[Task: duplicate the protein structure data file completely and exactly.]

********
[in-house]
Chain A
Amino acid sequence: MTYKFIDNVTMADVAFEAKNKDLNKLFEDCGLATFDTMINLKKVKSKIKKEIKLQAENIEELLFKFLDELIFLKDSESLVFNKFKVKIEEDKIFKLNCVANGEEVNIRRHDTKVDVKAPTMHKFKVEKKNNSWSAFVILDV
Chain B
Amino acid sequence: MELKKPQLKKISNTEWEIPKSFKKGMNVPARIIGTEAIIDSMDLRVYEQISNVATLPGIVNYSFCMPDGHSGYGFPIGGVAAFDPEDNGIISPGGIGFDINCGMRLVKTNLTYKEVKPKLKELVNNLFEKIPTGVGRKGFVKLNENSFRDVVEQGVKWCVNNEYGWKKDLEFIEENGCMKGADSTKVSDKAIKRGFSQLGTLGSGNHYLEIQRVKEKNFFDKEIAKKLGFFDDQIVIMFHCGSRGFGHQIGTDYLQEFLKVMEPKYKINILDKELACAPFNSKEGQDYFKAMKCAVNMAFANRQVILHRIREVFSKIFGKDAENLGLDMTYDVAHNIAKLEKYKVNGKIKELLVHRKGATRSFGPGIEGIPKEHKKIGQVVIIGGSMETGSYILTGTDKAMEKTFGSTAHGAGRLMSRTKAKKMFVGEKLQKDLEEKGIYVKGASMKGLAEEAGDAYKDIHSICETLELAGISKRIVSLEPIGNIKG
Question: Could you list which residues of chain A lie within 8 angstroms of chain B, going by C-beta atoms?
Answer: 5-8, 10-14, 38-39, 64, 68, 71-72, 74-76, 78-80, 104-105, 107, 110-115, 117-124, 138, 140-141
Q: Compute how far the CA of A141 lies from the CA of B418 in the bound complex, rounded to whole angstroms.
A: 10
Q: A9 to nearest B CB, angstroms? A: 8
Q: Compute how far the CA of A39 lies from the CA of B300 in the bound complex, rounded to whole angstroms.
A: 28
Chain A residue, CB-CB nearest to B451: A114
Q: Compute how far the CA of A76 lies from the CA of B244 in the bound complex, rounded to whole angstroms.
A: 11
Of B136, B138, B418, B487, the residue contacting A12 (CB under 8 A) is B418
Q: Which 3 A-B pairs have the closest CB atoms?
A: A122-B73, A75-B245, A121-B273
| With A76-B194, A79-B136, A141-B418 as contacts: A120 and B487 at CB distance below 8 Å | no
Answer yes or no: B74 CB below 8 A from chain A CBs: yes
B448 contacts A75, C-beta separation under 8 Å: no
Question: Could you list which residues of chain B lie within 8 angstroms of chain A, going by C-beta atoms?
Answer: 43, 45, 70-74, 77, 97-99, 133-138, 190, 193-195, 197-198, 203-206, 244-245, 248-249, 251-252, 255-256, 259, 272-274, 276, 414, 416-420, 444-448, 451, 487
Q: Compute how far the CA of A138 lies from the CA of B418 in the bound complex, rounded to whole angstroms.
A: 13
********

[in-house]
Chain A
Amino acid sequence: MTYKFIDNVTMADVAFEAKNKDLNKLFEDCGLATFDTMINLKKVKSKIKKEIKLQAENIEELLFKFLDELIFLKDSESLVFNKFKVKIEEDKIFKLNCVANGEEVNIRRHDTKVDVKAPTMHKFKVEKKNNSWSAFVILDV
Chain B
Amino acid sequence: MELKKPQLKKISNTEWEIPKSFKKGMNVPARIIGTEAIIDSMDLRVYEQISNVATLPGIVNYSFCMPDGHSGYGFPIGGVAAFDPEDNGIISPGGIGFDINCGMRLVKTNLTYKEVKPKLKELVNNLFEKIPTGVGRKGFVKLNENSFRDVVEQGVKWCVNNEYGWKKDLEFIEENGCMKGADSTKVSDKAIKRGFSQLGTLGSGNHYLEIQRVKEKNFFDKEIAKKLGFFDDQIVIMFHCGSRGFGHQIGTDYLQEFLKVMEPKYKINILDKELACAPFNSKEGQDYFKAMKCAVNMAFANRQVILHRIREVFSKIFGKDAENLGLDMTYDVAHNIAKLEKYKVNGKIKELLVHRKGATRSFGPGIEGIPKEHKKIGQVVIIGGSMETGSYILTGTDKAMEKTFGSTAHGAGRLMSRTKAKKMFVGEKLQKDLEEKGIYVKGASMKGLAEEAGDAYKDIHSICETLELAGISKRIVSLEPIGNIKG
Question: Could you list which residues of chain A lie within 8 angstroms of chain B, going by C-beta atoms?
Answer: 5-8, 10-14, 38-39, 64, 68, 71-72, 74-76, 78-80, 104-105, 107, 110-115, 117-124, 138, 140-141
Q: Compute how far the CA of A141 lies from the CA of B418 in the bound complex, rounded to whole angstroms.
A: 10
Q: A9 to nearest B CB, angstroms? A: 8
Q: Compute how far the CA of A39 lies from the CA of B300 in the bound complex, rounded to whole angstroms.
A: 28
Chain A residue, CB-CB nearest to B451: A114
Q: Compute how far the CA of A76 lies from the CA of B244 in the bound complex, rounded to whole angstroms.
A: 11
Of B136, B138, B418, B487, the residue contacting A12 (CB under 8 A) is B418
Q: Which 3 A-B pairs have the closest CB atoms?
A: A122-B73, A75-B245, A121-B273
| With A76-B194, A79-B136, A141-B418 as contacts: A120 and B487 at CB distance below 8 Å | no
Answer yes or no: B74 CB below 8 A from chain A CBs: yes
B448 contacts A75, C-beta separation under 8 Å: no
Question: Could you list which residues of chain B lie within 8 angstroms of chain A, going by C-beta atoms?
Answer: 43, 45, 70-74, 77, 97-99, 133-138, 190, 193-195, 197-198, 203-206, 244-245, 248-249, 251-252, 255-256, 259, 272-274, 276, 414, 416-420, 444-448, 451, 487
Q: Compute how far the CA of A138 lies from the CA of B418 in the bound complex, rounded to whole angstroms.
A: 13